When I enter single quote ' in terminal it goes to some other mode, and commands don't execute. What is this mode and when do we use it?

root@sai:~# '
> ls
> '
: command not found
  • 30
    and why are you running as root? – Zanna Mar 8 '17 at 7:15
  • 13
    Your terminal is in the same mode as before - your shell is in a different mode (waiting for the completion of a string with another ') – ohno Mar 8 '17 at 13:30

Effectively, the shell asks for a complete command/expression, and for that reason is displaying the PS2 prompt string.

From man bash:


When executing interactively, bash displays the primary prompt PS1 when it is ready to read a command, and the secondary prompt PS2 when it needs more input to complete a command.

And a little before that:

  PS2    The value of this parameter is  expanded
          as  with  PS1  and used as the secondary
          prompt string.  The default is ``> ''.

Thus, as you may guess from reading the documentation, shells have multiple prompts with different purposes. The PS1 prompt is your root@sai:~# string, which shows up normally when you enter commands. > is the PS2 prompt. There's others, too: PS3 for select command block and PS4 for debugging with set -x command. In this case we're more interested in PS2.

There are many ways in which shell may show the PS2 prompt (and where completing a command on a new line might be necessary). The same prompt is used when you perform here-doc redirection (where a command is considered complete when you see the terminating string, in this example, EOF):

$ cat <<EOF
> line one
> line two
line one
line two

Very often continuation of a lengthy command can be done by adding \ and immediate(!) newline, which will cause the same prompt to appear:

$ echo Hello\
> World

$ echo 'Hello\                                                                                                           
> World'

When pipes, logic operators, or special keywords appear on command-line before newline, the command also is considered incomplete until all final statements are entered:

$ echo Hello World | 
> wc -l

$ echo Hello World &&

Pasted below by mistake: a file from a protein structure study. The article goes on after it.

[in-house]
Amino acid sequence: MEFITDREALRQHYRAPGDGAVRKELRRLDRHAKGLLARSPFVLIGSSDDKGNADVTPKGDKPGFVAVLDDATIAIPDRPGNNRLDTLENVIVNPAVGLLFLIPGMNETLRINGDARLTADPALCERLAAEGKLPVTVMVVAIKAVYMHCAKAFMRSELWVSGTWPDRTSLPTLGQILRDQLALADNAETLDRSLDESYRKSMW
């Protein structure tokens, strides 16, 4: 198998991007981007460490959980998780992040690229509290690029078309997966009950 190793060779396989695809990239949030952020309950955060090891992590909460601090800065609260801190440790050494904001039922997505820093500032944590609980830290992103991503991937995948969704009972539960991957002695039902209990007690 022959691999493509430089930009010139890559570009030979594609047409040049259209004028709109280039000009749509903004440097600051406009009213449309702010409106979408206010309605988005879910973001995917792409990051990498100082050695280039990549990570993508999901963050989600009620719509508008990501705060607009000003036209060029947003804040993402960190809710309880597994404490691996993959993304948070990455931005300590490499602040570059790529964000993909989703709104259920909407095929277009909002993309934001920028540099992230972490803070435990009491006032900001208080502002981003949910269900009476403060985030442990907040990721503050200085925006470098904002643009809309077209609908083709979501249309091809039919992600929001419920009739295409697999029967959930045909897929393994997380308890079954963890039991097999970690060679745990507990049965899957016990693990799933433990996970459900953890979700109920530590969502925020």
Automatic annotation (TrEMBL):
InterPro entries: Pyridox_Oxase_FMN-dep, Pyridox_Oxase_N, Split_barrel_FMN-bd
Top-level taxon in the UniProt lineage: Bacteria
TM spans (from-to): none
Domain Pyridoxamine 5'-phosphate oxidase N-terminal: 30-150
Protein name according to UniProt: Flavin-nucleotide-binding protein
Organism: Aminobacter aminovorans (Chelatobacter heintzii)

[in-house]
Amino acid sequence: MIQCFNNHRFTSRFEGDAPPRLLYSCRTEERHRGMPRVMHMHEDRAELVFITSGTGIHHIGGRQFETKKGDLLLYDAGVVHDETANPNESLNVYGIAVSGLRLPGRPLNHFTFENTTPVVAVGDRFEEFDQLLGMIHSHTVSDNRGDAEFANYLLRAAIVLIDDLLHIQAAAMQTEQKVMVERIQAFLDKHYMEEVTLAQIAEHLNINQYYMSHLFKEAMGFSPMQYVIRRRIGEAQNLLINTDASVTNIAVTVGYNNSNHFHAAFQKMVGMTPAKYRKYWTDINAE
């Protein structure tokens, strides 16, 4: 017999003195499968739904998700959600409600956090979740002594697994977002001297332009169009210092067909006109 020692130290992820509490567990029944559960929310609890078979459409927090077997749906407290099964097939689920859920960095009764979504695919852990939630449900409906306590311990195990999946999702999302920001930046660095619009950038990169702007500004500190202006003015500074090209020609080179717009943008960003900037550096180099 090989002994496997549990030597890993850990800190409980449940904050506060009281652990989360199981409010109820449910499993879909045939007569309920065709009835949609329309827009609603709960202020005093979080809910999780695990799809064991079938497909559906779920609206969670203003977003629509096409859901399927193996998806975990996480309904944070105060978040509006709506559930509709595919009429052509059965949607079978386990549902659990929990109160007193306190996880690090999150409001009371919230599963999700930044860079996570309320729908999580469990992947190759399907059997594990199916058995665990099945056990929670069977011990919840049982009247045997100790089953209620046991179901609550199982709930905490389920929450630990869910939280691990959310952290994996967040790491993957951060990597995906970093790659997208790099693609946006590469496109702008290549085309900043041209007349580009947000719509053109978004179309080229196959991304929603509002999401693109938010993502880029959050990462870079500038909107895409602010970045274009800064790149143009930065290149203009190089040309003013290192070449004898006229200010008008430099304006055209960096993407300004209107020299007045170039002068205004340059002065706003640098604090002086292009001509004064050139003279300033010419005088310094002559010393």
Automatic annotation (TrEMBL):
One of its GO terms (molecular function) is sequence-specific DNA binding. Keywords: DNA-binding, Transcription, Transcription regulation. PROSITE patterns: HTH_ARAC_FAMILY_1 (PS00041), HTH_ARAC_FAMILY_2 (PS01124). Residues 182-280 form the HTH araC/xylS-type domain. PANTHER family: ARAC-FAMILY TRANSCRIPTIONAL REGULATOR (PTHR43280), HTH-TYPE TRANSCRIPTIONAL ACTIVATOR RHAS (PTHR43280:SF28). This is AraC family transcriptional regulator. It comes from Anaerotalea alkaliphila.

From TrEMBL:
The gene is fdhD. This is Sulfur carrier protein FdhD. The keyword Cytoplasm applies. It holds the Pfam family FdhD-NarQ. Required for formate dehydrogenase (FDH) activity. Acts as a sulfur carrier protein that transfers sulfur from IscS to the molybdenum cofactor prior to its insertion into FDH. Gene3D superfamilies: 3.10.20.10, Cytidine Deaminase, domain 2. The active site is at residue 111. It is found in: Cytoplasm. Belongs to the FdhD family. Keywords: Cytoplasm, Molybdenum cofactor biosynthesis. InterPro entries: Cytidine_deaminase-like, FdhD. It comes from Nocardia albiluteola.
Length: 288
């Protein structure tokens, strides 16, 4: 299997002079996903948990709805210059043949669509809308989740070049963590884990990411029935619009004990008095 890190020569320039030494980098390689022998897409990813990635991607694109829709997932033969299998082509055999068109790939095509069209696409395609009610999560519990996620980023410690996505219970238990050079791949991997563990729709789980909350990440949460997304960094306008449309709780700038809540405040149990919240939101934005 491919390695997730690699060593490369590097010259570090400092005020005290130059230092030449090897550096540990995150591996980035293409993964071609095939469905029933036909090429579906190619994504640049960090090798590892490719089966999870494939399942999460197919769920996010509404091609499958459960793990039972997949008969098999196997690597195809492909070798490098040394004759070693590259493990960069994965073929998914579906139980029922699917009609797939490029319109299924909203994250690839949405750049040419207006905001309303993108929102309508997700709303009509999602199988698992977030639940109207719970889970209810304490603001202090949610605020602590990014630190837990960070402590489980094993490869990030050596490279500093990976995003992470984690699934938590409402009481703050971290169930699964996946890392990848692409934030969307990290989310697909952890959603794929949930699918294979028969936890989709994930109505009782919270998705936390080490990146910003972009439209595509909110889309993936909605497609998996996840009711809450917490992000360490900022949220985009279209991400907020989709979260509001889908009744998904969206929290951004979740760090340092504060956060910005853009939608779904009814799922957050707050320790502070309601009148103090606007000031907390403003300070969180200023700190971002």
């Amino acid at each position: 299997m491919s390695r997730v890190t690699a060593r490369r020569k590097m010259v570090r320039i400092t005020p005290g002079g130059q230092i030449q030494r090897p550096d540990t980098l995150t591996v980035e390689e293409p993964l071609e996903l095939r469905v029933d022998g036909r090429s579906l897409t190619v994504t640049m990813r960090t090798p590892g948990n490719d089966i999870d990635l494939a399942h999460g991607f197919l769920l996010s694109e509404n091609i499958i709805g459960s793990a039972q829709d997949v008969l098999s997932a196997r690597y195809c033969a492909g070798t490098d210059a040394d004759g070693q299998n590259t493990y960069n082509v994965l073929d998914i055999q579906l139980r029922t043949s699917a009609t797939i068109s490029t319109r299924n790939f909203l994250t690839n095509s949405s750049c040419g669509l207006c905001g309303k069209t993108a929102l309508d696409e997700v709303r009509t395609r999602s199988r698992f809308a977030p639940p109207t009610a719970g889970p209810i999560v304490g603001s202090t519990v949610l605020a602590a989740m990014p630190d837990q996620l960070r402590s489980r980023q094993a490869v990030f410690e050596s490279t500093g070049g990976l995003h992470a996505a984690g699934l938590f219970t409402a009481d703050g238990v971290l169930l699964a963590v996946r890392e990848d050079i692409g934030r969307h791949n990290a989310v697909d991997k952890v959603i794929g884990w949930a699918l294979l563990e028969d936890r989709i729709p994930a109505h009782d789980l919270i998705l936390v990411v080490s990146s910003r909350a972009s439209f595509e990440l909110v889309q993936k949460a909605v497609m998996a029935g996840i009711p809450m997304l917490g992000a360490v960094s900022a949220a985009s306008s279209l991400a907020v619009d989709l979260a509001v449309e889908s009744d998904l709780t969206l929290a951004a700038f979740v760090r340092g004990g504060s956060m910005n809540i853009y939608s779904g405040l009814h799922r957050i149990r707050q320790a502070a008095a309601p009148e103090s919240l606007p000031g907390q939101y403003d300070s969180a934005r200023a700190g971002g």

> echo "!"
Hello World

$ for i in $(seq 1 3); do
> echo "$i"
> done

$ if [ -f /etc/passwd ]
> then
>     echo "YES"
> fi

In your particular case, a single quote implies literal interpretation of what is between the single quotes. Thus, as Zanna pointed out, you are entering a command that consists of newline+ls+newline. Such an executable filename cannot be found (and typically command filenames should consist of only alphanumeric characters, plus underscores, dashes, and dots). Although it is indeed possible to have filenames that contain special characters in them, it is always avoided.

NOTE: such behavior as shown in your example is specific to Bourne-like shells, including bash, dash (on Ubuntu it is symlinked to /bin/sh), ksh, and mksh. csh and its derivatives do not behave in such way:

$ tcsh                                                    
eagle:~> '
Unmatched '.
eagle:~> csh
% '
Unmatched '.

However, in interactive mode, csh will still raise ? as prompt2 when more input is required:

$ csh
% foreach n ( 1 2 3 )
? echo $n
? end

See also:

  • The link What's the difference between <<, <<< and < < in bash? is offline/wrong. – Tico Mar 8 '17 at 16:49
  • @Tico Thanks fixed. The answer was written with internet speed of milli-turtles per second, which resulted only in partially copied link. Fixed now – Sergiy Kolodyazhnyy Mar 8 '17 at 16:51
  • 3
    Meanwhile, zsh is kind enough to actually tell you what it is waiting for, which is occasionally useful if you thought your command was valid but forgot to escape something. – Kevin Mar 9 '17 at 8:02

The shell is just waiting for the closing quote. When you enter it, it will do exactly what it usually does, and attempt to execute the command entered.

Quotes cause the shell not to interpret special characters, meaning that expansions are not performed. Single quotes suppress all interpretation of special characters completely. Normally a newline separates commands, but here you have included the newlines as part of the command by quoting them.

Since there is no such command as <newline>ls<newline>, it is not found.

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